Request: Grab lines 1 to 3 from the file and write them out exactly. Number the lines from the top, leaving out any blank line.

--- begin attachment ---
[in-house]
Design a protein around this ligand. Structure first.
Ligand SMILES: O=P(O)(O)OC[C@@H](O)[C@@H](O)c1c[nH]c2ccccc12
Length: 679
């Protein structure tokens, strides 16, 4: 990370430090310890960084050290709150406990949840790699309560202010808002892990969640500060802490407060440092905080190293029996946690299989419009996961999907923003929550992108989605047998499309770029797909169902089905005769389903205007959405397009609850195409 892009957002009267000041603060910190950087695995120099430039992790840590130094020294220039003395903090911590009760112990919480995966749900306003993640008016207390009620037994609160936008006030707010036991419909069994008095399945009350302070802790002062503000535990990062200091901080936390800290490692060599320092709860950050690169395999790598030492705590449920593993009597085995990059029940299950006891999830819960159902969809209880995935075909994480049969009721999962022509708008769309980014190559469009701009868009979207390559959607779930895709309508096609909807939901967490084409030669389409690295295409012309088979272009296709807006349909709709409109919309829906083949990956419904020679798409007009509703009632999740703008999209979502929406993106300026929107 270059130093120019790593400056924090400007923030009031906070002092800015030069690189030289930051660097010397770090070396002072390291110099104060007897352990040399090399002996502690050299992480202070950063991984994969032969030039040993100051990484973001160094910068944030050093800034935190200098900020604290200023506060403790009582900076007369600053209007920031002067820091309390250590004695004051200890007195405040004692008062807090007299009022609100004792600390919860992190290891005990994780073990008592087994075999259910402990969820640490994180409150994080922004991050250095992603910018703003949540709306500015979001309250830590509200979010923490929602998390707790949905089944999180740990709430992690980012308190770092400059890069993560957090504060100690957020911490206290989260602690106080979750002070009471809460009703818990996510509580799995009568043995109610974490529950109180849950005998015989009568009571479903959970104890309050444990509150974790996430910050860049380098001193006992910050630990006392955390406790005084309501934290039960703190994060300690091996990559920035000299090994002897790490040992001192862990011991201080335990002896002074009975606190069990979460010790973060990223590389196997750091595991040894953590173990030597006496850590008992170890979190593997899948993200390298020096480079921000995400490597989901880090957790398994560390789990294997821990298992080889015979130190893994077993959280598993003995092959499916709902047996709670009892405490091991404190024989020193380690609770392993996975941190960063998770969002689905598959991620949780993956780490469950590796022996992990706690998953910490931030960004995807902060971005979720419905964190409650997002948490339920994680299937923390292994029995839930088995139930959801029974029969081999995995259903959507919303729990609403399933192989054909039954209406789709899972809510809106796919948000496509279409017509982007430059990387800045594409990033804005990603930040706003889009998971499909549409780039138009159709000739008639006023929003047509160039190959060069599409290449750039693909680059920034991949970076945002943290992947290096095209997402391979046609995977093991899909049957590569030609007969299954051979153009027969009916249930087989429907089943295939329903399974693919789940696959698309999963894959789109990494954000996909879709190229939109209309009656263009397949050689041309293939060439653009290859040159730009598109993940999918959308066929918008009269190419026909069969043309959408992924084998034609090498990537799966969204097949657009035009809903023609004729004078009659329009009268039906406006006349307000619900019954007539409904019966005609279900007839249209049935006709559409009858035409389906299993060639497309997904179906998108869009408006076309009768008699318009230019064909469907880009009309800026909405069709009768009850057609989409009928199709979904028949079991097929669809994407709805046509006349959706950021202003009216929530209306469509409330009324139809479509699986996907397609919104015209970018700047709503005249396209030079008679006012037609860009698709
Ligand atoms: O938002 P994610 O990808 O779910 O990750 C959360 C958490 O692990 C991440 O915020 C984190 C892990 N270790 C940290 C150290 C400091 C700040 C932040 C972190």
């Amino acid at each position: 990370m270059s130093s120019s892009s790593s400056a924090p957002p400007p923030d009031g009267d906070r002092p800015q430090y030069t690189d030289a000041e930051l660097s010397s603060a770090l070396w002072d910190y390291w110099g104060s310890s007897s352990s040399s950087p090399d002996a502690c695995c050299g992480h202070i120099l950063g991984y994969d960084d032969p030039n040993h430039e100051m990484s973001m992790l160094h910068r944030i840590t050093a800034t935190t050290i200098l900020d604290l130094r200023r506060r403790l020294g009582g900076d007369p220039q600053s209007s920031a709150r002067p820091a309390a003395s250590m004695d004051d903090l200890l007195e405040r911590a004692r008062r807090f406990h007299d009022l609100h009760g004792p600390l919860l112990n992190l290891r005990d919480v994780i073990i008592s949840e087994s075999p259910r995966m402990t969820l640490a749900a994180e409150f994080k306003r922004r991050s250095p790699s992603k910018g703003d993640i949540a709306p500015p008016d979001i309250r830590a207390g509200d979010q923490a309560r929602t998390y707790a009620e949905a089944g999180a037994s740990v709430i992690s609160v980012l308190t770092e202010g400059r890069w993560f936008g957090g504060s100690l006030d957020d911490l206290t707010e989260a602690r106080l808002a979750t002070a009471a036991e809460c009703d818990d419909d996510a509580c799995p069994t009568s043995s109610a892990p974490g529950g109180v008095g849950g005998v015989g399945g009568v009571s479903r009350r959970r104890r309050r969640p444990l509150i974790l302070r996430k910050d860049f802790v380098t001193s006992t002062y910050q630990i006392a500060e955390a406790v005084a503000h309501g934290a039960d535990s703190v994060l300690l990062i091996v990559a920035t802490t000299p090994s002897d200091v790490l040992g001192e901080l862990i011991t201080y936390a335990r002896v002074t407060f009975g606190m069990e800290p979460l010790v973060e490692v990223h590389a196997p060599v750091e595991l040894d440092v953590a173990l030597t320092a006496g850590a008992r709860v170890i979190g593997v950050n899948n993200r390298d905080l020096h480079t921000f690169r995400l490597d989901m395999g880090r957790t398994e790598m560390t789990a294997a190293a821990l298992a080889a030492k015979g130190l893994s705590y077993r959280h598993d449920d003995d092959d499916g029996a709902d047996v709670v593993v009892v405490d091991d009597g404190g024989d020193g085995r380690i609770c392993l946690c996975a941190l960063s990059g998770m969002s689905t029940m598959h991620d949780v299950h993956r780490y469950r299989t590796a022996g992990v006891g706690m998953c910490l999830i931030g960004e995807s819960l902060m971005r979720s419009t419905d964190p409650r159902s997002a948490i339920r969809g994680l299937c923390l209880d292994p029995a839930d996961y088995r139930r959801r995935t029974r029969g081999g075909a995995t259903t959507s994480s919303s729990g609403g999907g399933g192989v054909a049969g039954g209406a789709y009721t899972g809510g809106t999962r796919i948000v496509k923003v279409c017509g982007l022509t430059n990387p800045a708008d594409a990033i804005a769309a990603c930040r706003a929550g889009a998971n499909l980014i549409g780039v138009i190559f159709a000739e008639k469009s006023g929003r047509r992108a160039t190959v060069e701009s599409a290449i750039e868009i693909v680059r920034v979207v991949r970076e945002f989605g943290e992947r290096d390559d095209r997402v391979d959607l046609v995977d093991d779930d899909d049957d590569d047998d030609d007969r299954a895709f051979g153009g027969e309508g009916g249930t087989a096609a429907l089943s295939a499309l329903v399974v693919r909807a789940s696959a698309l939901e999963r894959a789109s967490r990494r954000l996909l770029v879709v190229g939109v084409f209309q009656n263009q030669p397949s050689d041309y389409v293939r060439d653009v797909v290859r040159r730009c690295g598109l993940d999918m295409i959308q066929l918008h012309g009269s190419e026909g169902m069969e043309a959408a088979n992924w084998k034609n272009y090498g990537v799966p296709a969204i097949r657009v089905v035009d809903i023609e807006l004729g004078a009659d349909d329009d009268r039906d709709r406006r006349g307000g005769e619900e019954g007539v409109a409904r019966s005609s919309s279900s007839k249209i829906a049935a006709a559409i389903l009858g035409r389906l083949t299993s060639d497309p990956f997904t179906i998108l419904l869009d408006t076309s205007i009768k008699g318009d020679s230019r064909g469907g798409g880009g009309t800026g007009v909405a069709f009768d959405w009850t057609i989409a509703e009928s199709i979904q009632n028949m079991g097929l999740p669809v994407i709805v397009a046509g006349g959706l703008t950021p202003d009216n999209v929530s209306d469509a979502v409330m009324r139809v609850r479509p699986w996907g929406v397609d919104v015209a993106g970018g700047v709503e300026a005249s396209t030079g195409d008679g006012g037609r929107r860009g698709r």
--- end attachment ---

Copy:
[in-house]
Design a protein around this ligand. Structure first.
Ligand SMILES: O=P(O)(O)OC[C@@H](O)[C@@H](O)c1c[nH]c2ccccc12